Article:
U.S. gasoline prices may be heading to a 12-year low this week, according to GasBuddy.
Prices at the pump showed only a modest incline leading into Memorial Day, despite a busy holiday weekend for motorists. On Tuesday, GasBuddy said the national average fell about a penny from last week to $2.36 per gallon, as prices resumed a steady retreat.
Robust gasoline supplies and forecasts for weaker demand than anticipated this summer are pushing gas prices lower, just in time for the summer travel season.
“With only marginal increases over this past Memorial Day holiday, there’s a good chance U.S. pump prices may now fall below prices recorded for this time of year, stretching back to 2005, should average U.S. pump prices fall below $2.32 a gallon later this week,” GasBuddy senior petroleum analyst Dan McTeague wrote.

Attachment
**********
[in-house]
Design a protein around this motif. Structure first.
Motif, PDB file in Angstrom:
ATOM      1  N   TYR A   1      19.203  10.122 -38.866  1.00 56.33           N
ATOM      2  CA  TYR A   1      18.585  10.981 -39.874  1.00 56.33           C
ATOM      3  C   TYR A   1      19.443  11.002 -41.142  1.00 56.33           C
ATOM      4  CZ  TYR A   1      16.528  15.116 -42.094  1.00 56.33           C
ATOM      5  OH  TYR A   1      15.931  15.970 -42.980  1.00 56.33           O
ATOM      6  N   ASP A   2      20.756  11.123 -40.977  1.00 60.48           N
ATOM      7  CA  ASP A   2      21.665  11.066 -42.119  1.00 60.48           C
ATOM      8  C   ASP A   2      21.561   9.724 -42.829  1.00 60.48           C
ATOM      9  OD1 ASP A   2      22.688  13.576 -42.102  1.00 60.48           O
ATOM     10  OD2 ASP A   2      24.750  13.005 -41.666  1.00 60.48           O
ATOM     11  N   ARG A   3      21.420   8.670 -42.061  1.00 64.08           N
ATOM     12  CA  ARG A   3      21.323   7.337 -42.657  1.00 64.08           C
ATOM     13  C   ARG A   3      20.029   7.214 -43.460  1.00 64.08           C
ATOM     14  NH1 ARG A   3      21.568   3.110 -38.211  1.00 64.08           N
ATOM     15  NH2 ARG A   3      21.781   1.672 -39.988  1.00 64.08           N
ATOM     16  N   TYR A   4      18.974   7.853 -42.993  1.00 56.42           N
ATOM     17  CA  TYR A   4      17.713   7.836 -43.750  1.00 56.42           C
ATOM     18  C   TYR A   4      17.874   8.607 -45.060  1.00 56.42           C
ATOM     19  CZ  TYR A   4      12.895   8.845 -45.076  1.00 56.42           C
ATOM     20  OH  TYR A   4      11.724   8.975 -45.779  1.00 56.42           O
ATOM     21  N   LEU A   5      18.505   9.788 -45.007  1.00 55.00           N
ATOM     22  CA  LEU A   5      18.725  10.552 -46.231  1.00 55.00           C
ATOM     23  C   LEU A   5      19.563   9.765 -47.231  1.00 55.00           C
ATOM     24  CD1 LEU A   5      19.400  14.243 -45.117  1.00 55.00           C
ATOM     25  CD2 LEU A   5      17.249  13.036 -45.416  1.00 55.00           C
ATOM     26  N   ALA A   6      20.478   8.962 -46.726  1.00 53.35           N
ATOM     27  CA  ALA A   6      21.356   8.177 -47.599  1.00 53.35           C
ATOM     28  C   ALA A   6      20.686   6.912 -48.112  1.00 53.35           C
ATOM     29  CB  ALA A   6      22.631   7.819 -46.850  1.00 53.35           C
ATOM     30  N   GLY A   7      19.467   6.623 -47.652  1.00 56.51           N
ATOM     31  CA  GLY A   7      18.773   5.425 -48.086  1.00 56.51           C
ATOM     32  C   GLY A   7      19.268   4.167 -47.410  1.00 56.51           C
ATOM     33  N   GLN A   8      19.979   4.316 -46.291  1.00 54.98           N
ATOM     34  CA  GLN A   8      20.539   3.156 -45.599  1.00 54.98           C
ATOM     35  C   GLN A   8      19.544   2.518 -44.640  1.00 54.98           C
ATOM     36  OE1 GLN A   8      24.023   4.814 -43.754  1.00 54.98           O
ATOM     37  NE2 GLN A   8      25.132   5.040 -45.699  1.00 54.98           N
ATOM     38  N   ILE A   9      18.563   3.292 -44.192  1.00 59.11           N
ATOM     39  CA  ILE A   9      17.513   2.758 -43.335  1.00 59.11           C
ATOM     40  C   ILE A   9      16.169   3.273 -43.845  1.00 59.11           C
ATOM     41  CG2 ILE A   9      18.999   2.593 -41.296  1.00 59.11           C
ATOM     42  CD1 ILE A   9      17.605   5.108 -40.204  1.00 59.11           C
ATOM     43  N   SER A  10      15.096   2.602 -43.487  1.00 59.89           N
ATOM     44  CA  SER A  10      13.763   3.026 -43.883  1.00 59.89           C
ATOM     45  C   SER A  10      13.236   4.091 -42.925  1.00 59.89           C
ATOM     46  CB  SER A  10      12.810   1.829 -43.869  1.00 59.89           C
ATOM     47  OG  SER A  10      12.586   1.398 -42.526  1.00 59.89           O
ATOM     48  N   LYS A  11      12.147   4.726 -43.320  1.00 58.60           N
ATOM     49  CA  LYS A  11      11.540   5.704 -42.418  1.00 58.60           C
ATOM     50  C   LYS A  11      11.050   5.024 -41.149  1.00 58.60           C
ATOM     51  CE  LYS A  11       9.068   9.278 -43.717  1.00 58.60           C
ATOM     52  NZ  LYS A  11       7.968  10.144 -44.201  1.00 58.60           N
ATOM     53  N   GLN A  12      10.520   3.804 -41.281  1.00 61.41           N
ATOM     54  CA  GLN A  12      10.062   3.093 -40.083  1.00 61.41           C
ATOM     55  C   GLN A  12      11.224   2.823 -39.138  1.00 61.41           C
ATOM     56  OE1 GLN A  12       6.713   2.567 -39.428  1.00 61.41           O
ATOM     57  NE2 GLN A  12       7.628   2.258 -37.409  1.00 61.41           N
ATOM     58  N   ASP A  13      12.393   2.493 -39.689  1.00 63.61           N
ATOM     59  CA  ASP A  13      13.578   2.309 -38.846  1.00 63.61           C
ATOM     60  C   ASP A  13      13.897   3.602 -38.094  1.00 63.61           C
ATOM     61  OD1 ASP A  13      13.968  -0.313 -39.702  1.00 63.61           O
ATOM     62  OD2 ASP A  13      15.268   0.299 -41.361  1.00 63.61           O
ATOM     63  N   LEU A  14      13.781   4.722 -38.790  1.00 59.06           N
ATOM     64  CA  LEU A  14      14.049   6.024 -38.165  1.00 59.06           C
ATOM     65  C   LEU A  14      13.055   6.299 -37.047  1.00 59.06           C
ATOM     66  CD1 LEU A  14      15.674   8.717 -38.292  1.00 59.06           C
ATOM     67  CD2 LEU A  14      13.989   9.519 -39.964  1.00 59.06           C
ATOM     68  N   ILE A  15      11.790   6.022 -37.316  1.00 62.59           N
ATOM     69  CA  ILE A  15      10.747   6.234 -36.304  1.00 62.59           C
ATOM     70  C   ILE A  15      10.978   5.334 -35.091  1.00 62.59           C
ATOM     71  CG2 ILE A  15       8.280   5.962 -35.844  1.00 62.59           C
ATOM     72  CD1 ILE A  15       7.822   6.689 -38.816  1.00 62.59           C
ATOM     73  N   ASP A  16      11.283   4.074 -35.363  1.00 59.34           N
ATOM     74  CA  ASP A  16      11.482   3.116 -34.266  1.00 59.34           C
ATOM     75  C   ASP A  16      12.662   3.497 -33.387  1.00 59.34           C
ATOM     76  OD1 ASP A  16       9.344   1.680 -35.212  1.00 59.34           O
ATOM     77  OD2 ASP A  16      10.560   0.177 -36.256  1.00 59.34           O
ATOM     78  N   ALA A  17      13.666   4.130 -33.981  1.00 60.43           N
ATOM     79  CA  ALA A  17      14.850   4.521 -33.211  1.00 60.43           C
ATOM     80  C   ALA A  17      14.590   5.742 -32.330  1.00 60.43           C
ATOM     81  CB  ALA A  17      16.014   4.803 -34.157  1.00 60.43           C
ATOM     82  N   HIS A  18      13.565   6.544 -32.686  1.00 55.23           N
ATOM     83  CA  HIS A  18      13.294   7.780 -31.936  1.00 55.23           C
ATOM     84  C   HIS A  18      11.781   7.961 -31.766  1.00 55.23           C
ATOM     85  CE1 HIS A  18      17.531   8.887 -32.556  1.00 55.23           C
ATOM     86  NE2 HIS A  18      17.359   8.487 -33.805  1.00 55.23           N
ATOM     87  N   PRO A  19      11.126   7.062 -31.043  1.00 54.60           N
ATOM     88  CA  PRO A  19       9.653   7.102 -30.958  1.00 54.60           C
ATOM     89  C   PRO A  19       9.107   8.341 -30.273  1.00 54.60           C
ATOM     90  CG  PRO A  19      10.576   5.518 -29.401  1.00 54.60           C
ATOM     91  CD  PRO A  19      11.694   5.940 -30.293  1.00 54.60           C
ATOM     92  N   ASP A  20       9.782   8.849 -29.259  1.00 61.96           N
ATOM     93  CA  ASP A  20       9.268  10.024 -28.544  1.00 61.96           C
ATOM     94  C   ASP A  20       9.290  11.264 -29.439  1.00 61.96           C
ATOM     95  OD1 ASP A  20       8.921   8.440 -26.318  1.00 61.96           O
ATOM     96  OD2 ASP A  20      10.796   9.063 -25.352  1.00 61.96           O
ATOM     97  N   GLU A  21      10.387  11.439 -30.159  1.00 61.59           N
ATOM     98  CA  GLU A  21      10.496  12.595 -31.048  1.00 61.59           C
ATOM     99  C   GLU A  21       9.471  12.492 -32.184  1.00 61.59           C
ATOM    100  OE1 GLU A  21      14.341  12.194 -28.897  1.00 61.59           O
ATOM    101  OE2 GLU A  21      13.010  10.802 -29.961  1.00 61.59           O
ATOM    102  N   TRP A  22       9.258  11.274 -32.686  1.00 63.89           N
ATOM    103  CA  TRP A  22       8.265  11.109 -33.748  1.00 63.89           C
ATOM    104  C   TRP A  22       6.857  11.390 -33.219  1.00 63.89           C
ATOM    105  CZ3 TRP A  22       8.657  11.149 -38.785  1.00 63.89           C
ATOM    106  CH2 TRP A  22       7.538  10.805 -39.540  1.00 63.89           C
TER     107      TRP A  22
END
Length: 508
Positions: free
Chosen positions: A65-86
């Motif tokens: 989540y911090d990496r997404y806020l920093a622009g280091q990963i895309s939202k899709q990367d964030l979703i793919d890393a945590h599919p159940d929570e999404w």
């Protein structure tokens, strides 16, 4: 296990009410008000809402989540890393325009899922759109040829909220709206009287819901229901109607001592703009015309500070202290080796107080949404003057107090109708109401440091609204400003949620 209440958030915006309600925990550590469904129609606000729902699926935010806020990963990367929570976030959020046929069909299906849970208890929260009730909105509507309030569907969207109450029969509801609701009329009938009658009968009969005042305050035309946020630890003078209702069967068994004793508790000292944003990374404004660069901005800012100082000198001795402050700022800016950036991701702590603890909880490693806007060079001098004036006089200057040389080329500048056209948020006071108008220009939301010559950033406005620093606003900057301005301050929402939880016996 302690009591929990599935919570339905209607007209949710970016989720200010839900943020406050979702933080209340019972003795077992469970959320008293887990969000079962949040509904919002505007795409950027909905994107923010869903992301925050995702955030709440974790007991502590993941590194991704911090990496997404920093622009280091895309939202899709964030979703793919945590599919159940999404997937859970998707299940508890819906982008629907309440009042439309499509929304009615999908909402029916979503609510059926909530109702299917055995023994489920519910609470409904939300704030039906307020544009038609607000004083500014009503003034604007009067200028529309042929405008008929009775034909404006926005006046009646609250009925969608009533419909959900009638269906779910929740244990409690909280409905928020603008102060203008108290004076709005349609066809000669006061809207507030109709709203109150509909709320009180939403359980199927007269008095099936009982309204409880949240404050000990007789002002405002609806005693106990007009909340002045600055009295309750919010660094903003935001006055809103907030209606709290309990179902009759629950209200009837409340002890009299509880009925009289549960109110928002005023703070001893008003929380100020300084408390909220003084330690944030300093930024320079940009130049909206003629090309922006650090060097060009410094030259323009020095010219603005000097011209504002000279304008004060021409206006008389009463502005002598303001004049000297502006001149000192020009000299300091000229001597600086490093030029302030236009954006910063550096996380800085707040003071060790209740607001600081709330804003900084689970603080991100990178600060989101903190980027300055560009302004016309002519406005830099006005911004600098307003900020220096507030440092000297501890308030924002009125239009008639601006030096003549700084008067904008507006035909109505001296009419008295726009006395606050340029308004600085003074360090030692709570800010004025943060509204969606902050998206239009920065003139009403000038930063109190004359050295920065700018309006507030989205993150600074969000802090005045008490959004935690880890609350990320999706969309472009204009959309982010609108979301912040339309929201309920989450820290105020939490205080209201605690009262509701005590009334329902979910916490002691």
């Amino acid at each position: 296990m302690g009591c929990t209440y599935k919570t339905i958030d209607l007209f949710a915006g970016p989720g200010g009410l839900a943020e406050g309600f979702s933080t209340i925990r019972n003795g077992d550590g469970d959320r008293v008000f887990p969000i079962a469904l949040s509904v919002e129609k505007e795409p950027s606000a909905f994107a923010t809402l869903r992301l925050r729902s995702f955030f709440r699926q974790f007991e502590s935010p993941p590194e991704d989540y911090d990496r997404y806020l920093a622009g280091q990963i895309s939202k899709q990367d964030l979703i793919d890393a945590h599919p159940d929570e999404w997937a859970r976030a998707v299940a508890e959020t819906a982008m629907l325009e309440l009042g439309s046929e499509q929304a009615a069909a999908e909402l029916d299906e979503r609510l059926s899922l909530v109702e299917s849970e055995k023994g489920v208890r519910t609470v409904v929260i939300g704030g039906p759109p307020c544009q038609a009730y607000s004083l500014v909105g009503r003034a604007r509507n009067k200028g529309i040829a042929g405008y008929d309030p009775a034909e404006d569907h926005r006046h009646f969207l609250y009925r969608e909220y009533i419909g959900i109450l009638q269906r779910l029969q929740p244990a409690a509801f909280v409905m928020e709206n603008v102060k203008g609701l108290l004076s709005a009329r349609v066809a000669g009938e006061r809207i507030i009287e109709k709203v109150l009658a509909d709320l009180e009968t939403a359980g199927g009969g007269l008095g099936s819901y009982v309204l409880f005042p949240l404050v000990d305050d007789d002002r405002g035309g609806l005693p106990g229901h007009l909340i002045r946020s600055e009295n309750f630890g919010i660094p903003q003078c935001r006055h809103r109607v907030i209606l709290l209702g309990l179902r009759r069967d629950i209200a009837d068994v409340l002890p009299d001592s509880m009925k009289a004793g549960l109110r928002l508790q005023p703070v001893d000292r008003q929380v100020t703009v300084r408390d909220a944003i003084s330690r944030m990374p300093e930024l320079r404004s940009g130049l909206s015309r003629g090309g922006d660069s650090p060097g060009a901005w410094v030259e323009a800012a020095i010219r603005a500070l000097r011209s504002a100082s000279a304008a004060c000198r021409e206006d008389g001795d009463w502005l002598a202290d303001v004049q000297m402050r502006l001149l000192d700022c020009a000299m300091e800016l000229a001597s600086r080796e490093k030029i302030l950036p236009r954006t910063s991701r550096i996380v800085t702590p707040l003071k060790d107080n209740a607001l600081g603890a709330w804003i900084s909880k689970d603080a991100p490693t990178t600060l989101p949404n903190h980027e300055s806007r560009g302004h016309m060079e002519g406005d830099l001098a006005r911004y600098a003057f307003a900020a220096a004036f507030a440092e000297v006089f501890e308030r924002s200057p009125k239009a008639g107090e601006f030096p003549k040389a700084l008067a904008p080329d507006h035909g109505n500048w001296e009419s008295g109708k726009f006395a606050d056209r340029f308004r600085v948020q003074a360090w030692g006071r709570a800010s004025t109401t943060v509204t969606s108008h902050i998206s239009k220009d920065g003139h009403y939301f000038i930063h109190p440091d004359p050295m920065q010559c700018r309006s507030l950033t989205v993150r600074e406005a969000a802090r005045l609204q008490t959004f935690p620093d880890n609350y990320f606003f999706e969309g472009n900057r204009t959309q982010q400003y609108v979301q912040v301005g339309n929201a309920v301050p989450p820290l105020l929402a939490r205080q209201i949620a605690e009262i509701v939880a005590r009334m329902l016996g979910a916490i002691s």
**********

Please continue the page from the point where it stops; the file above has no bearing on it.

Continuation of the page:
GasBuddy noted that several states, including Ohio, Michigan, North Carolina and Maine, bucked the trend and reached 12-year lows on Memorial Day.
Strong domestic oil production has contributed to higher-than-normal gasoline inventories, keeping a lid on pump prices. GasBuddy also noted that with advancements in fuel economy, prices have stabilized even as Americans drive more miles as the summer season kicks off.
AAA projected that 34.6 million people would hit the road for the Memorial Day holiday weekend, the most since 2005 and a 2.4% increase over last year.
Americans plan to increase their travel by 7% for the full summer, based on a GasBuddy forecast.